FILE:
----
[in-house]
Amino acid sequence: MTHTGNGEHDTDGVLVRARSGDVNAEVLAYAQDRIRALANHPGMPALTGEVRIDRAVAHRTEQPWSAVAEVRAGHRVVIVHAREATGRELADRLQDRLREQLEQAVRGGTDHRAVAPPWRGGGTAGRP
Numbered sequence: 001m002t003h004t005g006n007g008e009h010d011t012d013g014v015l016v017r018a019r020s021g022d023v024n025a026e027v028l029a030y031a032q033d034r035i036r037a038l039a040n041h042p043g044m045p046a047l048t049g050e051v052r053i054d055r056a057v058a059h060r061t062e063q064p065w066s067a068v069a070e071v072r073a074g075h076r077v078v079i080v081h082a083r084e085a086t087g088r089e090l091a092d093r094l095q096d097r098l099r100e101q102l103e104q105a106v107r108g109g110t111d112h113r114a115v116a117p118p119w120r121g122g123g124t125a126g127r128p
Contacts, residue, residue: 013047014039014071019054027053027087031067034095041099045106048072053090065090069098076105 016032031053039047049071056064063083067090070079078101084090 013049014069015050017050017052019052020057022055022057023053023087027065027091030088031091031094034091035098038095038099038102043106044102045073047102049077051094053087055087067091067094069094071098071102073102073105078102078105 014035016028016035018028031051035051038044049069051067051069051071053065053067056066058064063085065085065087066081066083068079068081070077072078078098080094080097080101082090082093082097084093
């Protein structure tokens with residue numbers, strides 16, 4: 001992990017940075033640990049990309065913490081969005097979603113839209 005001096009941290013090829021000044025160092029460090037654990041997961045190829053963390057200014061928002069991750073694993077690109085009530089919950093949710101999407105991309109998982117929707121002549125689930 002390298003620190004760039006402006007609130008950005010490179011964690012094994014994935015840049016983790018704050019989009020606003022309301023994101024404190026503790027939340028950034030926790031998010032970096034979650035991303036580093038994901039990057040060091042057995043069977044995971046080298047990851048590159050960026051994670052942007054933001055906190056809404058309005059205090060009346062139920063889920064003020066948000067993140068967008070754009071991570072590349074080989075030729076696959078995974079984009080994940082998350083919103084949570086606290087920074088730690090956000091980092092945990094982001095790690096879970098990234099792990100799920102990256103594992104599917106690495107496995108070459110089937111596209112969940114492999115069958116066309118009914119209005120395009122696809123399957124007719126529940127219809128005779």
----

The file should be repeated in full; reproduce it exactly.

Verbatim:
[in-house]
Amino acid sequence: MTHTGNGEHDTDGVLVRARSGDVNAEVLAYAQDRIRALANHPGMPALTGEVRIDRAVAHRTEQPWSAVAEVRAGHRVVIVHAREATGRELADRLQDRLREQLEQAVRGGTDHRAVAPPWRGGGTAGRP
Numbered sequence: 001m002t003h004t005g006n007g008e009h010d011t012d013g014v015l016v017r018a019r020s021g022d023v024n025a026e027v028l029a030y031a032q033d034r035i036r037a038l039a040n041h042p043g044m045p046a047l048t049g050e051v052r053i054d055r056a057v058a059h060r061t062e063q064p065w066s067a068v069a070e071v072r073a074g075h076r077v078v079i080v081h082a083r084e085a086t087g088r089e090l091a092d093r094l095q096d097r098l099r100e101q102l103e104q105a106v107r108g109g110t111d112h113r114a115v116a117p118p119w120r121g122g123g124t125a126g127r128p
Contacts, residue, residue: 013047014039014071019054027053027087031067034095041099045106048072053090065090069098076105 016032031053039047049071056064063083067090070079078101084090 013049014069015050017050017052019052020057022055022057023053023087027065027091030088031091031094034091035098038095038099038102043106044102045073047102049077051094053087055087067091067094069094071098071102073102073105078102078105 014035016028016035018028031051035051038044049069051067051069051071053065053067056066058064063085065085065087066081066083068079068081070077072078078098080094080097080101082090082093082097084093
């Protein structure tokens with residue numbers, strides 16, 4: 001992990017940075033640990049990309065913490081969005097979603113839209 005001096009941290013090829021000044025160092029460090037654990041997961045190829053963390057200014061928002069991750073694993077690109085009530089919950093949710101999407105991309109998982117929707121002549125689930 002390298003620190004760039006402006007609130008950005010490179011964690012094994014994935015840049016983790018704050019989009020606003022309301023994101024404190026503790027939340028950034030926790031998010032970096034979650035991303036580093038994901039990057040060091042057995043069977044995971046080298047990851048590159050960026051994670052942007054933001055906190056809404058309005059205090060009346062139920063889920064003020066948000067993140068967008070754009071991570072590349074080989075030729076696959078995974079984009080994940082998350083919103084949570086606290087920074088730690090956000091980092092945990094982001095790690096879970098990234099792990100799920102990256103594992104599917106690495107496995108070459110089937111596209112969940114492999115069958116066309118009914119209005120395009122696809123399957124007719126529940127219809128005779």